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New and improved recipe: Raw rice milk

Rice milk is one of the world’s most popular plant milks. It’s suitable for people with dairy, gluten and nut allergies and also slow to digest (meaning that it works well for diabetics and people who have trouble processing certain foods!), so it isn’t surprising that the number of people choosing rice milk over other plant drinks is growing everyday.

NUTRITIONAL VALUESx 100 mlx 250 ml 
Energy value8,4020,90kcal
 35,6088,90kj
Fats0,000,10g
*of which saturated0,000,00g
Carbohydrates1,804,60g
*of which sugars0,000,00g
Dietary fiber0,000,10g
Proteins0,200,40g
Salt0,100,30g
    
VITAMINS and MINERALS   
Calcium0,200,50mg
Iron0,000,00mg
Magnesium0,802,10mg
Phosphorus2,606,50mg

There’s plenty of different ways to make rice milk. Maybe you like to use rice flakes, perhaps you like rice flour better. You could also use soaked, raw rice grains or even cook the grain instead!

We’ve tried all the different methods so you didn’t have to do it and after all the research, we’re happy to introduce you to our new favorite method.

This new revolutionary way to make rice milk may seem a bit different from every other method you might have heard about. However, it’s only advantages you’re getting, since you’ll need a lot less rice to make your milk and also, you’ll be saving time since there’s no need to soak the grain.
The result is a sweet, creamy milk which keeps its lovely texture even after it’s been heated (aka no more outrageously thick milk every time you want to warm it!).
We know you’ll love it so give it a go!

Ingredients:

  • 1 litre hot water (70ºC)
  • 40 grams raw rice (you can use any variety: brown, basmati, round-grain, etc)
  • A pinch of salt

Instructions:

1.Wash rice with water thoroughly.
2.Add half a litre of warm water to the Vegan Milker by ChufaMix vase.
3.Put the filtering attachement in the vase, add raw rice and salt and blend everything for two minutes, using the most powerful setting your hand blender offers.
4.Add the remaining half a litre of water to the milk (it can be lukewarm or hot – it doesn’t really matter) and blend for about 10 seconds more so the mixture is smooth.
5.Remove the filtering attachement from the vase and lightly press the pulp with the mortair so you can squeeze every remaining bit of milk from the pulp.
6.Pour milk in a saucepan and heat on low hear for about 7-10 minutes, stirring often so it doesn’t burn.
7.If you aren’t drinking the milk right away, let it chill on the fridge once it’s cooled.

Tips and tricks:

1-Feel free to add any natural flavoring (ie: cinnamon, ginger, lemon rind, etc…) to this milk. To do so, add desired spices to the filtering attachement right before blending or put them in the saucepan to infuse the mixture while it cooks.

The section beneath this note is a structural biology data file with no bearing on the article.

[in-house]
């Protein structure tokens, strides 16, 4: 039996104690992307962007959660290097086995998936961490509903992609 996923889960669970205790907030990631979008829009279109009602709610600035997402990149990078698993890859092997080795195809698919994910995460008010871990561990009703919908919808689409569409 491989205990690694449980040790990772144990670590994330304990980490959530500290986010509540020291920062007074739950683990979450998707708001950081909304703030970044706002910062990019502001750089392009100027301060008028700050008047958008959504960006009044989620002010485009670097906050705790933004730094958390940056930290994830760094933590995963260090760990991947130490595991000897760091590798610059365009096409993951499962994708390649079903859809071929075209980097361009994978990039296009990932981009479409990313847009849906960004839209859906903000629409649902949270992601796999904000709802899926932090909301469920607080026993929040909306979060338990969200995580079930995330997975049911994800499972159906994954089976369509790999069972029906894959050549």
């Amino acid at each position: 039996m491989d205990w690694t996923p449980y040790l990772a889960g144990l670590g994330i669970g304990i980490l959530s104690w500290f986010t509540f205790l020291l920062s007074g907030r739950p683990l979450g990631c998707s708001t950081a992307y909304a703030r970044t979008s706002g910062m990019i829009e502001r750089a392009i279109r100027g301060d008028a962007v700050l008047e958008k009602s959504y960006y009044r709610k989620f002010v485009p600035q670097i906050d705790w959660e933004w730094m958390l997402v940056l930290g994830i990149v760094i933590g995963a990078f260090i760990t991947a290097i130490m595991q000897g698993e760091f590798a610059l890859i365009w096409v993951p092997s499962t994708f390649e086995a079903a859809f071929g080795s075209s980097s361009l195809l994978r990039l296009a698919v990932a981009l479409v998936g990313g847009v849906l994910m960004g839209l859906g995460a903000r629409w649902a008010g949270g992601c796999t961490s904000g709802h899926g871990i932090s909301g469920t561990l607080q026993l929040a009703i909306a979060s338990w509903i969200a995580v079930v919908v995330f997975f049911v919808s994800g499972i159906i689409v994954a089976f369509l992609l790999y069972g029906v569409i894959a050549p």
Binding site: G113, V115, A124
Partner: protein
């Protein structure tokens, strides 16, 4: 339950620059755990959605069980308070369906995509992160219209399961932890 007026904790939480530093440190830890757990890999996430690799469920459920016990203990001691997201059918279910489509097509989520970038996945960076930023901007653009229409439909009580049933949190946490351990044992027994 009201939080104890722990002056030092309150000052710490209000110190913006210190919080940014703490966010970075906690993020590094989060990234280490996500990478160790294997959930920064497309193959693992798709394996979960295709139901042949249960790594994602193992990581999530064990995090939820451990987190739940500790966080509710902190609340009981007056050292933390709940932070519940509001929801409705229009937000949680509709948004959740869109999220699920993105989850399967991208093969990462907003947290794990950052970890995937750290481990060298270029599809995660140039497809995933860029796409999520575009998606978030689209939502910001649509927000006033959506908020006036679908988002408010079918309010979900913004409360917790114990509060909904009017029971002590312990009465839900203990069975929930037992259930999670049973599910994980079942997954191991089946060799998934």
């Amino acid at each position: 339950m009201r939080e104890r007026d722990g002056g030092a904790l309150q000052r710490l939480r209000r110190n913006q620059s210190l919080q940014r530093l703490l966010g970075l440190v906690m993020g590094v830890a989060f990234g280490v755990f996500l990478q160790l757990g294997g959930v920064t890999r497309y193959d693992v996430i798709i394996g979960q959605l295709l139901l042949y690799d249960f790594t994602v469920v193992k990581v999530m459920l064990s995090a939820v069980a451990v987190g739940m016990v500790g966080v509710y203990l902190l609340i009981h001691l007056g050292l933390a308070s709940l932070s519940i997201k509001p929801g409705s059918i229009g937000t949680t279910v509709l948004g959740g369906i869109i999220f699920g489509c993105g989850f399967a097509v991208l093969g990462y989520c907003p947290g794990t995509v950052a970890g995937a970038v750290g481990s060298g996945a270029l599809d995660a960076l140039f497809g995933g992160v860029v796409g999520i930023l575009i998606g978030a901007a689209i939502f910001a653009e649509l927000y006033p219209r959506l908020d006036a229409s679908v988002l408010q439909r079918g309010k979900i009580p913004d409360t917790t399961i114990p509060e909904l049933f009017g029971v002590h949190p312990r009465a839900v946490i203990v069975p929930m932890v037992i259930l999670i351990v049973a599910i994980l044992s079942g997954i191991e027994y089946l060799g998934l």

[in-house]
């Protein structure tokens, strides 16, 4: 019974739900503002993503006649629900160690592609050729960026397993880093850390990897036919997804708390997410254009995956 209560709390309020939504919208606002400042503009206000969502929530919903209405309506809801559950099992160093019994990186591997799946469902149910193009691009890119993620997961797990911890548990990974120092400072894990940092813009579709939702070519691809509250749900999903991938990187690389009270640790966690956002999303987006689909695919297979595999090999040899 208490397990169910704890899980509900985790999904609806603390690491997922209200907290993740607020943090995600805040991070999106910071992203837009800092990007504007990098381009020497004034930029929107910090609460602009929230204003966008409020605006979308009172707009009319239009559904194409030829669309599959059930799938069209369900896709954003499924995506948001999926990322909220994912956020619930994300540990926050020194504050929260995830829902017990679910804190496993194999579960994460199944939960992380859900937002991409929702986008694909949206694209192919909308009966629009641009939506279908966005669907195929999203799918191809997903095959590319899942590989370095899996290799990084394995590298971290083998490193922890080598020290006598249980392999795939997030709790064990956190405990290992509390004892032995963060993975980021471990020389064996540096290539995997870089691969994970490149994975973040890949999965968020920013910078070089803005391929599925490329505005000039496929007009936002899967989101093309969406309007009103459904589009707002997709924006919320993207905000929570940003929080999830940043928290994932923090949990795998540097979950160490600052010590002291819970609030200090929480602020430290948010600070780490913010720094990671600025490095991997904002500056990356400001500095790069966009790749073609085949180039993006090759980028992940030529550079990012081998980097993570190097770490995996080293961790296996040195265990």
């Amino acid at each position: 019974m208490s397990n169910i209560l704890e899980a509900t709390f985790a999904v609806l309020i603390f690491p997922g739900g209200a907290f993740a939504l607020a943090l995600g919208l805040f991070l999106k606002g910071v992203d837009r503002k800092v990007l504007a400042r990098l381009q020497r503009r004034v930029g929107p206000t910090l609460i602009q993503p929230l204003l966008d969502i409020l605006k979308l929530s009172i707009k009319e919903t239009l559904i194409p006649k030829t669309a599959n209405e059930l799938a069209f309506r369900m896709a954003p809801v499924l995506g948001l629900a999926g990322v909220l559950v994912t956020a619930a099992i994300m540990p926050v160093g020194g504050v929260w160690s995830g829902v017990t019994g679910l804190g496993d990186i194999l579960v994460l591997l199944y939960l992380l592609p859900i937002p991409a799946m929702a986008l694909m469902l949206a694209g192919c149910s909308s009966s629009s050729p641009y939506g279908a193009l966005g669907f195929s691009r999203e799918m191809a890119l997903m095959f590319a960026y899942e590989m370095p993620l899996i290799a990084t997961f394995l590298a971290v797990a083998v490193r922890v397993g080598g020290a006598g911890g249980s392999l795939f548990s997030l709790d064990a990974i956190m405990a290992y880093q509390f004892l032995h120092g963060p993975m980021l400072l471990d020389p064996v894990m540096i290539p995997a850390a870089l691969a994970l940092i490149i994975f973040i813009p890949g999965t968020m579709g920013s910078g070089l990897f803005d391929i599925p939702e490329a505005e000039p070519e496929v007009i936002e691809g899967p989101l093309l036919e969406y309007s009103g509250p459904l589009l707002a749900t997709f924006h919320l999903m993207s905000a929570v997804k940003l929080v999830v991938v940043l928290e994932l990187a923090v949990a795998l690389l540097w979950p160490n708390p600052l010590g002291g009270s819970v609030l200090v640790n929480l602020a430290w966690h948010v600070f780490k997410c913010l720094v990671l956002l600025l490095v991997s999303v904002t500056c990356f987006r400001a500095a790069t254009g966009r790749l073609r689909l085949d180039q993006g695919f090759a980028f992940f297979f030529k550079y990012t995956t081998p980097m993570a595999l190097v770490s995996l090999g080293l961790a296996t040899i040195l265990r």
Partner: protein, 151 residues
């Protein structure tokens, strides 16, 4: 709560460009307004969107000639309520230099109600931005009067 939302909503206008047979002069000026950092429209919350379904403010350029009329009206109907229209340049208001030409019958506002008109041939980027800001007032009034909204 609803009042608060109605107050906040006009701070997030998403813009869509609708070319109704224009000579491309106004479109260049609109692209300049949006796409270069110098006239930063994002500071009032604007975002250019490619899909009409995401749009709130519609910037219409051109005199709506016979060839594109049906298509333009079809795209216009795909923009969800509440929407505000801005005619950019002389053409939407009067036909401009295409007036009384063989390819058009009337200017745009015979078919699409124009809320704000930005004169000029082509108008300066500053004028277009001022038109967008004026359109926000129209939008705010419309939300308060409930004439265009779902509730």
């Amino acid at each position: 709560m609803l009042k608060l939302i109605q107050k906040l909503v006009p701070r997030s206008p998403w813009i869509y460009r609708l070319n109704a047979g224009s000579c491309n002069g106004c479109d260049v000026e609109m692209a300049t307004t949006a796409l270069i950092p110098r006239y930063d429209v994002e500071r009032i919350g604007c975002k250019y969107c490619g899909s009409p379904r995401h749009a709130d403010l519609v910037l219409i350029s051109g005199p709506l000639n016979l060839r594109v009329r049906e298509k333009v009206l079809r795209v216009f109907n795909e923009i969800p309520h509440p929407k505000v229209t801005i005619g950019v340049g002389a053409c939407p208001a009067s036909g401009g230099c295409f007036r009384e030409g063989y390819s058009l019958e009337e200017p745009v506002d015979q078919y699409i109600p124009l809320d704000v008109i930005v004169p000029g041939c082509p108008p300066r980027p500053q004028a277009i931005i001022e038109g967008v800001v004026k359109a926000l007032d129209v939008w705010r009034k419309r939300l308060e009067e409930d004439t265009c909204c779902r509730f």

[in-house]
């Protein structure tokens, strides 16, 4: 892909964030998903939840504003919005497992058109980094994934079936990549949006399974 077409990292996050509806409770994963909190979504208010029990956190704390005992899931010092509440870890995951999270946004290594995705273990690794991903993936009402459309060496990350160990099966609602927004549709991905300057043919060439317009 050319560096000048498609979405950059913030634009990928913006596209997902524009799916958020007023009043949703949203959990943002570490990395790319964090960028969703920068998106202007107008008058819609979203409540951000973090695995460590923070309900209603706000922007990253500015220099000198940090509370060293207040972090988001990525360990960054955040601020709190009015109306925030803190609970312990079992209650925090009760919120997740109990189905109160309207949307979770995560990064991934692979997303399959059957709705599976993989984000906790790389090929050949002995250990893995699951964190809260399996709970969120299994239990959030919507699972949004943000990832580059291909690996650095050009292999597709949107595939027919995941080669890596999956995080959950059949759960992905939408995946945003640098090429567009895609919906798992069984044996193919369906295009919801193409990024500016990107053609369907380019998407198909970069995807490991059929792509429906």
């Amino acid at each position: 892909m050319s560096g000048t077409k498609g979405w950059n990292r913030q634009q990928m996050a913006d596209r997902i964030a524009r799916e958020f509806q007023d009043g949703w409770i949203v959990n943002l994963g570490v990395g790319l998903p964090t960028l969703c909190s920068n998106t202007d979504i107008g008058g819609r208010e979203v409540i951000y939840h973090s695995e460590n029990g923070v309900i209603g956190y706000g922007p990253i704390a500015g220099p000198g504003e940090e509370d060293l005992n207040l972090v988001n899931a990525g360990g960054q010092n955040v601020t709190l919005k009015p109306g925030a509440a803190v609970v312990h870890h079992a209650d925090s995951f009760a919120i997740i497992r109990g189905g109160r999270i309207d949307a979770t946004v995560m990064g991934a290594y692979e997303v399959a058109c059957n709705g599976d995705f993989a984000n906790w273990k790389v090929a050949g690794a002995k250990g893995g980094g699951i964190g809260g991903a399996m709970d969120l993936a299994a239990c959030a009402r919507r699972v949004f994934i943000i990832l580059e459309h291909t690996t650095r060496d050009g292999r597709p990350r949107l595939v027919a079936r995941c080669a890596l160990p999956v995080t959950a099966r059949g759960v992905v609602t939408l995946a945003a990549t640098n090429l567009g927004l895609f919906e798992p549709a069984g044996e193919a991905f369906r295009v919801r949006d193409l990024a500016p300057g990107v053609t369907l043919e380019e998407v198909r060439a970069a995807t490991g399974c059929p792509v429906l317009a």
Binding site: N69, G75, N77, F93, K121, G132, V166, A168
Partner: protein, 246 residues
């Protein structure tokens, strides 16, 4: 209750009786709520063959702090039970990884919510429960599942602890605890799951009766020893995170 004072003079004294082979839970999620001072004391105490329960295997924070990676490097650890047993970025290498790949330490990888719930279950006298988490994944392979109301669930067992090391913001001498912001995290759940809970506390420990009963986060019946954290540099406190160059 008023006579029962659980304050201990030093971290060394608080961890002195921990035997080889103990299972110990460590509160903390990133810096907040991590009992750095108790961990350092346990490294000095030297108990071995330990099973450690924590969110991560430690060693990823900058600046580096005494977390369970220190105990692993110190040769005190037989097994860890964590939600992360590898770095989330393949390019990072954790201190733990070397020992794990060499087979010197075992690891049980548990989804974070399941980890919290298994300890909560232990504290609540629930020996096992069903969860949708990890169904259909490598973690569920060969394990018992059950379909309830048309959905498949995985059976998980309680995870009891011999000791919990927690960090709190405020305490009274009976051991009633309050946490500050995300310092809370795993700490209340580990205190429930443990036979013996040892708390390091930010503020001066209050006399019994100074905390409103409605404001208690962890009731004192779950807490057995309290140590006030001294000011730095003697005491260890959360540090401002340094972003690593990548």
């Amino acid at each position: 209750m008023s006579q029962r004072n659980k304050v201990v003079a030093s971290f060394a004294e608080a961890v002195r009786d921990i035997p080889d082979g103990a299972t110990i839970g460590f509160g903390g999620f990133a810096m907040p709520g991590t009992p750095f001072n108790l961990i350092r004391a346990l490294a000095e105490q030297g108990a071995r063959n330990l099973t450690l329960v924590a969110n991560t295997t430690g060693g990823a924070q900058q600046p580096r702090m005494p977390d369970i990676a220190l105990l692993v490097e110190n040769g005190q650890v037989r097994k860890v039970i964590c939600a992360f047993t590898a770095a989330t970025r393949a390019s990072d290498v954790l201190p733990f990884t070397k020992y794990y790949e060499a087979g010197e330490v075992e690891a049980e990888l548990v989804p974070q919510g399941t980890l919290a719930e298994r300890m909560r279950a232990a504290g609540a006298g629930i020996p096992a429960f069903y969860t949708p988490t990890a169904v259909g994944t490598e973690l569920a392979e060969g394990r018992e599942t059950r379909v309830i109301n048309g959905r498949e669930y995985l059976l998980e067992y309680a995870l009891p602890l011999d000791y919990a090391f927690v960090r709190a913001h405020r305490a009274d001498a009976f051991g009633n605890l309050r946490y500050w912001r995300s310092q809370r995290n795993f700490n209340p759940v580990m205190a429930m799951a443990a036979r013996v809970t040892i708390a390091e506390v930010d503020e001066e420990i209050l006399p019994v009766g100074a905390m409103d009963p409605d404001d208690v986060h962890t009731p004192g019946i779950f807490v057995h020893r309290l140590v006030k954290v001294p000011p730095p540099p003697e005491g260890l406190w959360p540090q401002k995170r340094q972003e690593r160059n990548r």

2-You can use the remaining pulp in stews in order to add extra nutrition. Simply add it to the pot in the last 10 minutes of cooking.

3-You can use this method to make any other cereal milk as spelt milk, oat milk, wheat, kamut, barley milk… Put 40 grams of your favorite cereal (raw grain) and follow the instructions. You’ll get a creamy and tasty cereal milk, so nutritious and cheap!

 

What makes this different from the old raw method to make rice milk?

So far, we’ve been using the no-cooking, raw rice method, which lots of people prefer since it has some nice health benefits and also saves time due to not having to cook the grain, just soak it.

There are some cons though, because you’ll likely need more rice to obtain a creamier drink. Also, it is necessary to soak the grain for about 8-12 hours. The rest of the process is identical to the one explained above except that you do not need to cook the milk. This method yields a milk which will separate into solids and water in the fridge, so you’ll have to stir it well before serving.

Another downside is that if you’d like to drink warm milk and decide to heat it, you need to pay special attention and stir it often so it doesn’t form lumps and thickens too much. As you might know, rice is a starch-rich grain, so this starch makes it more likely to turn into pudding (which may or may not be that bad of a problem… you can always make rice pudding this way, right?).

Rice milk pudding made using the old method

We hope you’ll enjoy this new recipe as much as we did!

Stay tuned for more info on your favorite plant milks!

  • Vegan Milker Soul

    Vegan Milker Soul

    49,50
  • Vegan Milker Classic

    29,67

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1 Comment

  1. Elena Lescano

    Do you boil the milk at the end of the process?

    Reply

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